“Yup! C’mon Charlie! C’mon Grammy!” Miri grabbed one of their hands in each of her own and began pulling them to follow her. And even with all of the uncertainty in the air, the unspoken and unanswered questions still waiting to be given voice, and all of the panic and strangeness the day had already brought, and no idea what might come next, Charlotte found that she was smiling.
Supper was finished, dishes cleared, night draping the windows in a silent black rimmed in the gold of spilling light from the torches lining the street outside. Samuel and his two sons were standing near the door, each having added a leather coat–matching only in the amount of wear and repairs done to them–each holding a quarterstaff. Samuel and the older boy, Fritz, held theirs with confidence; Charlotte couldn’t tell how much skill they might have with the staff, but it was clear they were at least comfortable and had had some practice with them. The younger boy, Chris, looked much less comfortable, and had already dropped his noisily to the floor once…but Charlotte thought that might have more to do with her than with a lack of experience wielding the blunt weapon.
He was about her age, and had been more obvious in his attempts to avoid staring at her than if he’d just given in and looked right at her the entire meal. Charlotte wasn’t sure how she felt about that…there was a small bit of pleasure at the idea that she was old enough now to exert a new kind of power (after years with Victor’s crew–in which, as a child burglar, she’d been the exception, rather than the rule–she knew full well what went on between men and women once they stopped being little boys and girls), but no real interest from her side in him beyond that, certainly not anything approaching what he’d clearly been going through.
It had been a relatively quiet meal otherwise, most of the spaces filled in with Miri’s excited voice telling them about something she’d seen or done, or thought that she’d seen or done, or wished that she’d seen or done. She was obviously well-loved, the men smiled easily at her ongoing, jumbled narrative, and Lois only interrupted her when one of her pronouncements led to an accompanying gesture that threatened to knock something over. Charlotte had been especially glad for the little girl’s never-ending enthusiasms: there’d been no room left over for questions, and she wasn’t sure just yet how she was going to answer any of the ones she was expecting Lois (or even worse, Samuel) to ask, or even if she could. She’d been able to set aside her own questions during the meal, the new ones generated by the awfulness and unexpected events of the day as well as those she’d been carrying around with her for the last two weeks, ever since she’d first met this little girl in the silent middle of the night–namely how this little girl seemed to already know her, and more specifically knew her by a name that she hadn’t used in years–but now that the evening was closing in, the silence between moments growing longer, there was less to hide behind. Not to mention the increasingly obvious and pointed glances Lois was giving her…the time for answers was drawing near.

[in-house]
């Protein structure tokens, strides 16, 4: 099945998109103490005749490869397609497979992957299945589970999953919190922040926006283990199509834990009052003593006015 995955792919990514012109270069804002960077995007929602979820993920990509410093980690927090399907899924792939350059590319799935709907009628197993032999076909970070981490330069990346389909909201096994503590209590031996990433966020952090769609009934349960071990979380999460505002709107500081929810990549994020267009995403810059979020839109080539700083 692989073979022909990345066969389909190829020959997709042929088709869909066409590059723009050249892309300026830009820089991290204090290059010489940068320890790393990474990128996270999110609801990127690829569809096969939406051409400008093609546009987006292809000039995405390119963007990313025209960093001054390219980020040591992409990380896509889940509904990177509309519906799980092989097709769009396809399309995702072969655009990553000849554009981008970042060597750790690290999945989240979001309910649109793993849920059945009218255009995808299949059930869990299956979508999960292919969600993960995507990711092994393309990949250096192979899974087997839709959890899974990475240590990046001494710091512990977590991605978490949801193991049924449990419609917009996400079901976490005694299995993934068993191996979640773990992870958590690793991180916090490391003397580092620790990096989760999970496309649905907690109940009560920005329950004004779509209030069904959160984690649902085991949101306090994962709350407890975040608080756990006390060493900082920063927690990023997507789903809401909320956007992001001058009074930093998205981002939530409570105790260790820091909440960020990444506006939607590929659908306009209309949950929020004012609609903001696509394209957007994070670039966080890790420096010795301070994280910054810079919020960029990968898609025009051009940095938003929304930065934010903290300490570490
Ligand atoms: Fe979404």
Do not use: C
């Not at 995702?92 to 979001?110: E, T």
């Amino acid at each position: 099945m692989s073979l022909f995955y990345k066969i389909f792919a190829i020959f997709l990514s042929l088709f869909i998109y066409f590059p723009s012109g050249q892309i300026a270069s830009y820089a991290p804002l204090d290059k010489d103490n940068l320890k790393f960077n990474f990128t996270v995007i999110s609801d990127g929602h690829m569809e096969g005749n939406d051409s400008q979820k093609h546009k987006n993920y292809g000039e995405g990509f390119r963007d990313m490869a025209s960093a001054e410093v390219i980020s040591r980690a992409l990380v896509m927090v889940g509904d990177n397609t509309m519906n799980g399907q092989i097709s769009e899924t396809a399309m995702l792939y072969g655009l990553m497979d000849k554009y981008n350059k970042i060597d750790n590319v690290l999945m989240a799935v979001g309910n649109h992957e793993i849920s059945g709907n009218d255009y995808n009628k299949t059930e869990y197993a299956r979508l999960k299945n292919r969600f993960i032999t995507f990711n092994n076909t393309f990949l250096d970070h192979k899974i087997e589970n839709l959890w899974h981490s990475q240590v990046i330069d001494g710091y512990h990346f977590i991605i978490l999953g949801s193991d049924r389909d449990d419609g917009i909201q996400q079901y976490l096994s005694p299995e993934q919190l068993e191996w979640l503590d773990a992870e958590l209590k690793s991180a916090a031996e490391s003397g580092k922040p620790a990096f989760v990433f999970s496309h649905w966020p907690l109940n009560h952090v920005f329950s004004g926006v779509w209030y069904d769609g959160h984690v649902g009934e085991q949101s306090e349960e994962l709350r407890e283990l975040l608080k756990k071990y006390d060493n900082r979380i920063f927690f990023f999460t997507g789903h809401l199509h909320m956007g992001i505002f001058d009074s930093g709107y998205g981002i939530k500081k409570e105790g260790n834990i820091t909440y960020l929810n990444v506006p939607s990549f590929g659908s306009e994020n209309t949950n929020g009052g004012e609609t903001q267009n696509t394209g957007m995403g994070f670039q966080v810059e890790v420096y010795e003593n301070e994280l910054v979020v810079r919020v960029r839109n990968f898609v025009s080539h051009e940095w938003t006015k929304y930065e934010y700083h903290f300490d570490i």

Samuel shifted the staff in his hand again and spoke to his mother, though his eyes were watching Charlotte as he did.
“Will our guest be staying the night?”